Results:

There was no difference between the PAL2 and video recording for time spent in any position (P-values 0.055 to 0.646). Walking speed and PAL2 count were strongly correlated (Pearson’s r = .913, P < .01). The PAL2 was responsive to within-person changes in gait speed: activity count increased by an average of 52.47 units (95% CI 3.31, 101.63). There was 100% agreement for transitions between lying to sitting and < 1 transition difference between siting to standing.

Conclusion:

The PAL2 is a valid tool for quantifying activity levels, position transitions, and within-person changes in gait speed in older inpatients.

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Alessandra de Carvalho Bastone, Eduardo Ferriolli, Claudine Patricia Teixeira, João Marcos Domingues Dias and Rosângela Corrêa Dias

Background:

Self-reported measures of decreased aerobic fitness and low physical activity are criteria of frailty. However, research assessing aerobic fitness and physical activity levels associated with frailty is limited. Therefore, the aims of this study were to objectively assess the aerobic fitness and the physical activity level of frail and nonfrail elderly, and to examine the association between frailty, aerobic fitness and habitual physical activity.

Methods:

This study included 26 elderly (66 to 86 years), randomly selected. The groups (frail/nonfrail) were age and sex paired. Peak oxygen consumption, maximal walking distance and speed were assessed during the incremental shuttle walk test (ISWT). Average daily time spent in sedentary, light, moderate and hard activity, counts, number of steps and energy expenditure were measured by accelerometry.

Results:

All variables measured by the ISWT and accelerometer differed significantly between the groups (P < .02). All aerobic fitness and physical activity variables were significantly associated with frailty, independent of the number of chronic health conditions (P < .05).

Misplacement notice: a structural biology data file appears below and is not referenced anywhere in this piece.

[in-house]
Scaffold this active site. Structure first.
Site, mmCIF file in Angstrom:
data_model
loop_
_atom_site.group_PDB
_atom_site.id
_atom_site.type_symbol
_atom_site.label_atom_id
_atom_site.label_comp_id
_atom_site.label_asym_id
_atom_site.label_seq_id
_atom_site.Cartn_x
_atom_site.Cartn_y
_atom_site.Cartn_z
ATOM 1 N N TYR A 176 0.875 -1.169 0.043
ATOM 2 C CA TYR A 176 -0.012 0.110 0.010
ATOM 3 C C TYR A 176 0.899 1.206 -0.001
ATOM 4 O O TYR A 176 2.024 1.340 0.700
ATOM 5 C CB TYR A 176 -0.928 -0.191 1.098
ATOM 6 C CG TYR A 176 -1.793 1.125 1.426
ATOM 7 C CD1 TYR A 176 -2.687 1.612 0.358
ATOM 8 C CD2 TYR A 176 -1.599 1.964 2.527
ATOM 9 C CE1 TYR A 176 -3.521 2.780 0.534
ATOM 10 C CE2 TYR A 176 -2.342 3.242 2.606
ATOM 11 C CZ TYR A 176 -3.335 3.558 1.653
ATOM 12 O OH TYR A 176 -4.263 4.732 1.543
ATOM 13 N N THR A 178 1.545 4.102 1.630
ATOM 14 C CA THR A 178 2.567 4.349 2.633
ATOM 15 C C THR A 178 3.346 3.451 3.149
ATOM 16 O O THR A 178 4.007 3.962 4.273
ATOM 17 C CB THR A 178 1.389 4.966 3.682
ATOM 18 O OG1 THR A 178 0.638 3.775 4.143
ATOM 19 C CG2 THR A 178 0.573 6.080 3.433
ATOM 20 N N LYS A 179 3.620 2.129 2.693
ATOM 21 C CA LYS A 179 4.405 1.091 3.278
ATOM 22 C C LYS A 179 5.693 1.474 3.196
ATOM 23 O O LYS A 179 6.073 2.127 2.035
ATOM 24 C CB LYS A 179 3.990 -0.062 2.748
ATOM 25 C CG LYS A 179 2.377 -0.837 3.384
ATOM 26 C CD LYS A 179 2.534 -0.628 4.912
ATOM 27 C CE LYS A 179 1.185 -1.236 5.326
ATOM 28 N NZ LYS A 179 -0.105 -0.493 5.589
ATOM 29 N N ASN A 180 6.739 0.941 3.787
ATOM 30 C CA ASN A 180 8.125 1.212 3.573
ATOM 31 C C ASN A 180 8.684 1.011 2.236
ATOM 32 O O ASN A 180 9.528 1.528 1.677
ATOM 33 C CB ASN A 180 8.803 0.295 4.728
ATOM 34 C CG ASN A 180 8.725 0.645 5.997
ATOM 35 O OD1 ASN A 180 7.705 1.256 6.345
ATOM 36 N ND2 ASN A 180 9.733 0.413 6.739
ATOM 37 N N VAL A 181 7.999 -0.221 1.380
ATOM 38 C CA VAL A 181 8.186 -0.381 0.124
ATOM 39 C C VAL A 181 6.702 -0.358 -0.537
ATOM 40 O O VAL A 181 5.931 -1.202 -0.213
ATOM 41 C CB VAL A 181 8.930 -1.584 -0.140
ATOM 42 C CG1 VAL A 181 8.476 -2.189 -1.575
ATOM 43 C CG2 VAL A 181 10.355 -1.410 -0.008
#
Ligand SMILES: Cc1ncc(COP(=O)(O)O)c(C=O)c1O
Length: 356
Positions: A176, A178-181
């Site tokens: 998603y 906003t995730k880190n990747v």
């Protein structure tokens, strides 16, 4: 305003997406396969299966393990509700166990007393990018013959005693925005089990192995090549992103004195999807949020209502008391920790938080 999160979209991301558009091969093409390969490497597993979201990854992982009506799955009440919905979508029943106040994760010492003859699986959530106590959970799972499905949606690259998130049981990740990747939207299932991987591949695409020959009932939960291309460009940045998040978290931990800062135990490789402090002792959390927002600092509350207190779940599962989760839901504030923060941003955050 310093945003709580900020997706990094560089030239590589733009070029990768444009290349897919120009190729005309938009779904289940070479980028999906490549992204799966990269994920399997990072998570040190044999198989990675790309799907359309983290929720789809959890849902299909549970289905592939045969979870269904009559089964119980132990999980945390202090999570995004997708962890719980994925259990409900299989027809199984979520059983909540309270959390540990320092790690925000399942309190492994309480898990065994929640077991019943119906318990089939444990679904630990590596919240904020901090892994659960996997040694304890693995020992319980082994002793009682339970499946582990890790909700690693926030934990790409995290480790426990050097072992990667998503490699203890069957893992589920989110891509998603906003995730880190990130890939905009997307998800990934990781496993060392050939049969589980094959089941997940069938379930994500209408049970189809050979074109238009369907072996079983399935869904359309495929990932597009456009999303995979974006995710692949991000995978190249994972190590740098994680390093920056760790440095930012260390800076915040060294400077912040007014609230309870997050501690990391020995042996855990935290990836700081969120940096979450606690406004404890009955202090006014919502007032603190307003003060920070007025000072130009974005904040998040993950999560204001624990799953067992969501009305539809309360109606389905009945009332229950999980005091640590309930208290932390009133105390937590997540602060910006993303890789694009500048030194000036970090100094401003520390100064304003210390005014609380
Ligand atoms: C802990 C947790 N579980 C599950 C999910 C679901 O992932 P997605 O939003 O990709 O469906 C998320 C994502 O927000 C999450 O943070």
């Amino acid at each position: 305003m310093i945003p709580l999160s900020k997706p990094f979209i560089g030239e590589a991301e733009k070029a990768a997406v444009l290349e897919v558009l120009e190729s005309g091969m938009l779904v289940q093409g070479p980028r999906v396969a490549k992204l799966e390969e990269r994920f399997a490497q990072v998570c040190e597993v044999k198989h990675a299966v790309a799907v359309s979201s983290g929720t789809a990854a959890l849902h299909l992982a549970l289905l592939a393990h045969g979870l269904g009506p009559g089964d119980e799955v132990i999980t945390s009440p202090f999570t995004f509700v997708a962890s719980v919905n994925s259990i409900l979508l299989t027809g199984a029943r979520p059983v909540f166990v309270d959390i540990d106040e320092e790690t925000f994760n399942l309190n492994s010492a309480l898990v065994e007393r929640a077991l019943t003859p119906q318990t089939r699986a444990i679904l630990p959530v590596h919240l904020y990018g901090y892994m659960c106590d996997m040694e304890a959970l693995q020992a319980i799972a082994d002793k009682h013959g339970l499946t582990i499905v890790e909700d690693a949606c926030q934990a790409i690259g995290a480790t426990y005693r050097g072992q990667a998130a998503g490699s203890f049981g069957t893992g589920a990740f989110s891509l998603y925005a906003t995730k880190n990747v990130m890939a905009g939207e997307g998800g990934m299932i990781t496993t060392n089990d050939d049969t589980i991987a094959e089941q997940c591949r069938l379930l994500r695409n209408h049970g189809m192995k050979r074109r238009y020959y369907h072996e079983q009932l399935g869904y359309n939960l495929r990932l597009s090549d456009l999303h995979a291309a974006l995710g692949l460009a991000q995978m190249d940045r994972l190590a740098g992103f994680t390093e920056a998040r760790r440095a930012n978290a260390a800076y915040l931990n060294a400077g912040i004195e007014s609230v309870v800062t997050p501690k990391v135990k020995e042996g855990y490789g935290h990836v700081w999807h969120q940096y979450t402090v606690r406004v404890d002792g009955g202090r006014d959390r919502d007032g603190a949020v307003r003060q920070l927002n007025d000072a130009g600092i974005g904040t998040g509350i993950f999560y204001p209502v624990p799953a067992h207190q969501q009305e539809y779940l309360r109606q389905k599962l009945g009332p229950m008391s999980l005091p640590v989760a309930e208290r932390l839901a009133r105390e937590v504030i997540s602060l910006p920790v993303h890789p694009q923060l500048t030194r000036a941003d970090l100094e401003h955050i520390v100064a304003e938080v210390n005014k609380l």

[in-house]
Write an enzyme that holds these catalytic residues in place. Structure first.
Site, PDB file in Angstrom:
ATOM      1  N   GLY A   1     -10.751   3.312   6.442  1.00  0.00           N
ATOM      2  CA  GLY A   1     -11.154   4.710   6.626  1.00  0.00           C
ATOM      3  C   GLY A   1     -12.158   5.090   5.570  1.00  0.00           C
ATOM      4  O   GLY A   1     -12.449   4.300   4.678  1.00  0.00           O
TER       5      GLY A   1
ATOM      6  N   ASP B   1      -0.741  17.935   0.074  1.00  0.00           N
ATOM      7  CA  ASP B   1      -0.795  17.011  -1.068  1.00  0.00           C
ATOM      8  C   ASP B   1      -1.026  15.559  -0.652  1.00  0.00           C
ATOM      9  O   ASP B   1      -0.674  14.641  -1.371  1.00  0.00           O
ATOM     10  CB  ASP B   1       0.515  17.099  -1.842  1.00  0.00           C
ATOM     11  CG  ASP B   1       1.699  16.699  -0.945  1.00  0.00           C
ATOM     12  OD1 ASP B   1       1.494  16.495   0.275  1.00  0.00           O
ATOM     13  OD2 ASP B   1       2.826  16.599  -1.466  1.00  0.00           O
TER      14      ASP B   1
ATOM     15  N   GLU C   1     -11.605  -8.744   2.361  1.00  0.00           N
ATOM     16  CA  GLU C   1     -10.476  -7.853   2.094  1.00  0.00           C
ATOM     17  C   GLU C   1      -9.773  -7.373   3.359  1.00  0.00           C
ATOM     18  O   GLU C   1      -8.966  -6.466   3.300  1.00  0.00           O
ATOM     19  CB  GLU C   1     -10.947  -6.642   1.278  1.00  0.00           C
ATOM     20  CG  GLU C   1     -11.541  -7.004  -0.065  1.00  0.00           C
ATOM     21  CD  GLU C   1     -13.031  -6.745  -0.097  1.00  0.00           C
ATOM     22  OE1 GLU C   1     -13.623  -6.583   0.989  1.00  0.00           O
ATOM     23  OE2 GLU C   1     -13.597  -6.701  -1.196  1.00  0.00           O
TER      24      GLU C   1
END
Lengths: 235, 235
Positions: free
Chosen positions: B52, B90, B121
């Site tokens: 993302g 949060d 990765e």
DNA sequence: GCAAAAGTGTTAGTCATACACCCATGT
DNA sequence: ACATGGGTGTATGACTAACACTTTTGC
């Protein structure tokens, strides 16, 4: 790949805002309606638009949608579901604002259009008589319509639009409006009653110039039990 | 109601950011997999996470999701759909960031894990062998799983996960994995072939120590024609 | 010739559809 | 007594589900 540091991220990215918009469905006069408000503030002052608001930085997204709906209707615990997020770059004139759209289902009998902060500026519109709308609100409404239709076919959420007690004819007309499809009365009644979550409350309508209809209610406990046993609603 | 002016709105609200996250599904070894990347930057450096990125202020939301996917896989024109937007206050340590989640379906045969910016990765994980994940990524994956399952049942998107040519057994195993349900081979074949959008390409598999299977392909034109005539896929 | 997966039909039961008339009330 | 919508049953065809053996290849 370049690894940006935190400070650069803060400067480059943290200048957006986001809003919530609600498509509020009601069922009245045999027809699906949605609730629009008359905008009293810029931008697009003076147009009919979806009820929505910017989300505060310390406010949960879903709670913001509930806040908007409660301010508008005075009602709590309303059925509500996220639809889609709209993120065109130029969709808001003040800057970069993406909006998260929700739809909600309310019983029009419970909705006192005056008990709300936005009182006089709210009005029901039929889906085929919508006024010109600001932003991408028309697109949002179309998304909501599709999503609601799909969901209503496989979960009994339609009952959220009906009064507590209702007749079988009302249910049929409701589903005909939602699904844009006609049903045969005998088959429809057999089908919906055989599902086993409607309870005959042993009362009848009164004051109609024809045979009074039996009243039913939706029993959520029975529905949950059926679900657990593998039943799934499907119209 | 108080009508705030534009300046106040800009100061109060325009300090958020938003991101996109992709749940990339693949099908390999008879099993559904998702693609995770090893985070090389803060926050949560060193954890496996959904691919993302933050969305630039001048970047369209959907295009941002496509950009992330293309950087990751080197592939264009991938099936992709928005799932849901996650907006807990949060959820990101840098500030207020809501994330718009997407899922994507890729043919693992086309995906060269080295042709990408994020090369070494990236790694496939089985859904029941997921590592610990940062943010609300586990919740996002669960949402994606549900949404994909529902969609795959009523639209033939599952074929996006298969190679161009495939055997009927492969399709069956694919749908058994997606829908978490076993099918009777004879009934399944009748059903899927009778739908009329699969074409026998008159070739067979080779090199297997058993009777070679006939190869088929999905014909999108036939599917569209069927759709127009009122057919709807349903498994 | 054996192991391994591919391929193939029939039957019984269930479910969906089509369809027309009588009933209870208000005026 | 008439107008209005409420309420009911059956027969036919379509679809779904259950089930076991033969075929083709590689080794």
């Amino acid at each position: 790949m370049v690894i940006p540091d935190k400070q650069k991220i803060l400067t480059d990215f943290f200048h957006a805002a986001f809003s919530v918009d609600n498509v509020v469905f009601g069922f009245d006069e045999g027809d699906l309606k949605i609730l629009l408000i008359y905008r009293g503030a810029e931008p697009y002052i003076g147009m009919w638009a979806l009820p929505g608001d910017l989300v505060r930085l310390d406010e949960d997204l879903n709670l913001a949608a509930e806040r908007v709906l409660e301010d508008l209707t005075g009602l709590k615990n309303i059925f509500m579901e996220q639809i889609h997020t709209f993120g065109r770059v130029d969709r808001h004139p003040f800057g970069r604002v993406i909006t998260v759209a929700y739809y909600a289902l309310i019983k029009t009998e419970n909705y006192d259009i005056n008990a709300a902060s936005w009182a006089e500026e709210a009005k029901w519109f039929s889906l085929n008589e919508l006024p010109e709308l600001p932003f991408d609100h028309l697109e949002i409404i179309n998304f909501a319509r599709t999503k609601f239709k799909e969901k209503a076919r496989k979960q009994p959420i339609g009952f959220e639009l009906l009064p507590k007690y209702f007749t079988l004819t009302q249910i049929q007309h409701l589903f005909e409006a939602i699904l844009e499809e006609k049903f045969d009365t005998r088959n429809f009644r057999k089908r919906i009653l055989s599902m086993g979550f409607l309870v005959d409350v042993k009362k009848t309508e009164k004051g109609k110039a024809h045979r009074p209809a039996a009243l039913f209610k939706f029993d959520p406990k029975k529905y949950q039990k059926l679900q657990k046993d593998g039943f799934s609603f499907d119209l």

Conclusions:

Frailty is associated with low peak oxygen consumption and low physical activity level. These findings could guide future clinical trials designed to evaluate the efficacy of aerobic exercises in the prevention and treatment of frailty.

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Daniel P. Hatfield, Virginia R. Chomitz, Kenneth Chui, Jennifer M. Sacheck and Christina D. Economo

Background:

Associations between physical activity (PA) intensity and volume and adolescents’ cardiometabolic health have research, policy, and practice implications. This study compares associations between cardiometabolic risk factors and 1) moderate-to-vigorous PA (MVPA) minutes versus total PA volume (accelerometer-derived total activity counts, TAC) and 2) light PA volume (counts at light intensity, L-TAC) versus moderate-to-vigorous PA volume (counts at moderate-to-vigorous intensity, MV-TAC).

Methods:

2105 adolescents from 2003– 2006 NHANES were included. Independent variables were MVPA minutes, TAC, L-TAC, and MV-TAC. Regression models tested associations between PA variables and continuous metabolic risk index (CMRI), waist circumference, systolic and diastolic blood pressure, HDL, insulin, and triglycerides.

Results:

TAC demonstrated a slightly stronger inverse association with CMRI (P = .004) than did MVPA (P = .013). TAC and MVPA were both associated with systolic and diastolic pressure, HDL, and insulin; associations were similar or slightly stronger for TAC. L-TAC and MV-TAC were both associated with CMRI and HDL. Only L-TAC was associated with diastolic pressure. Only MV-TAC was associated with waist circumference, systolic pressure, and insulin.

Conclusions: